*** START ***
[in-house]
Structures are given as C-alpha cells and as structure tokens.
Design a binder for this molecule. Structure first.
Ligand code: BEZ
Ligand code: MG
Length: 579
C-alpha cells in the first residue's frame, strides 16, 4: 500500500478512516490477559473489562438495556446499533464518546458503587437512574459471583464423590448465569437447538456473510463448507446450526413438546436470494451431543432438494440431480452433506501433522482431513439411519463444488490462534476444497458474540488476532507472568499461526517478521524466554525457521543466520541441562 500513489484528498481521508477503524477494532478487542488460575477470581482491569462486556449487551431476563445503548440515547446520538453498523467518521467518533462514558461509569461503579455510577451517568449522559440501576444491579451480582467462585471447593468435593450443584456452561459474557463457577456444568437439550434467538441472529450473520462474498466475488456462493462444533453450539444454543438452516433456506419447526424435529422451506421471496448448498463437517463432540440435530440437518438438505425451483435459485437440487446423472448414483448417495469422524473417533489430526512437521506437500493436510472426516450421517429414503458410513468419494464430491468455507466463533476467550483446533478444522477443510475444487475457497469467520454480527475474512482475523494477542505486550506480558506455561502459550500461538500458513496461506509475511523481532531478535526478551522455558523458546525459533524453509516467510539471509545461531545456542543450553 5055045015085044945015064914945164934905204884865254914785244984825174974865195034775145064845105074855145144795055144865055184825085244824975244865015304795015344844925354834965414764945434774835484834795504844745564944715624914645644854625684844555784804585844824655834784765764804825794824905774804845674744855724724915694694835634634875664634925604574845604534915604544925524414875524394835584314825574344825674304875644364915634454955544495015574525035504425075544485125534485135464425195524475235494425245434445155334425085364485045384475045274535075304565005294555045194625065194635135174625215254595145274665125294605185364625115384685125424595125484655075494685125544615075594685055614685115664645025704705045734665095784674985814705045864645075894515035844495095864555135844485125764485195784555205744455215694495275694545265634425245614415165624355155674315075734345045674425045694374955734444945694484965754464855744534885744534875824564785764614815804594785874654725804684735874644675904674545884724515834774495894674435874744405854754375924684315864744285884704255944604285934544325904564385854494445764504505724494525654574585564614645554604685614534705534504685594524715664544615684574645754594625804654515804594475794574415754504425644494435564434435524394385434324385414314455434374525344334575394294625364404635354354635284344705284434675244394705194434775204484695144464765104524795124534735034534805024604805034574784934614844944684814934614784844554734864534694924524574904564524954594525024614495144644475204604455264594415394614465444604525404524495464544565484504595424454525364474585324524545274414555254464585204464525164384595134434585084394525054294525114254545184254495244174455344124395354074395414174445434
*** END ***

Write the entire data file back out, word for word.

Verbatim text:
[in-house]
Structures are given as C-alpha cells and as structure tokens.
Design a binder for this molecule. Structure first.
Ligand code: BEZ
Ligand code: MG
Length: 579
C-alpha cells in the first residue's frame, strides 16, 4: 500500500478512516490477559473489562438495556446499533464518546458503587437512574459471583464423590448465569437447538456473510463448507446450526413438546436470494451431543432438494440431480452433506501433522482431513439411519463444488490462534476444497458474540488476532507472568499461526517478521524466554525457521543466520541441562 500513489484528498481521508477503524477494532478487542488460575477470581482491569462486556449487551431476563445503548440515547446520538453498523467518521467518533462514558461509569461503579455510577451517568449522559440501576444491579451480582467462585471447593468435593450443584456452561459474557463457577456444568437439550434467538441472529450473520462474498466475488456462493462444533453450539444454543438452516433456506419447526424435529422451506421471496448448498463437517463432540440435530440437518438438505425451483435459485437440487446423472448414483448417495469422524473417533489430526512437521506437500493436510472426516450421517429414503458410513468419494464430491468455507466463533476467550483446533478444522477443510475444487475457497469467520454480527475474512482475523494477542505486550506480558506455561502459550500461538500458513496461506509475511523481532531478535526478551522455558523458546525459533524453509516467510539471509545461531545456542543450553 5055045015085044945015064914945164934905204884865254914785244984825174974865195034775145064845105074855145144795055144865055184825085244824975244865015304795015344844925354834965414764945434774835484834795504844745564944715624914645644854625684844555784804585844824655834784765764804825794824905774804845674744855724724915694694835634634875664634925604574845604534915604544925524414875524394835584314825574344825674304875644364915634454955544495015574525035504425075544485125534485135464425195524475235494425245434445155334425085364485045384475045274535075304565005294555045194625065194635135174625215254595145274665125294605185364625115384685125424595125484655075494685125544615075594685055614685115664645025704705045734665095784674985814705045864645075894515035844495095864555135844485125764485195784555205744455215694495275694545265634425245614415165624355155674315075734345045674425045694374955734444945694484965754464855744534885744534875824564785764614815804594785874654725804684735874644675904674545884724515834774495894674435874744405854754375924684315864744285884704255944604285934544325904564385854494445764504505724494525654574585564614645554604685614534705534504685594524715664544615684574645754594625804654515804594475794574415754504425644494435564434435524394385434324385414314455434374525344334575394294625364404635354354635284344705284434675244394705194434775204484695144464765104524795124534735034534805024604805034574784934614844944684814934614784844554734864534694924524574904564524954594525024614495144644475204604455264594415394614465444604525404524495464544565484504595424454525364474585324524545274414555254464585204464525164384595134434585084394525054294525114254545184254495244174455344124395354074395414174445434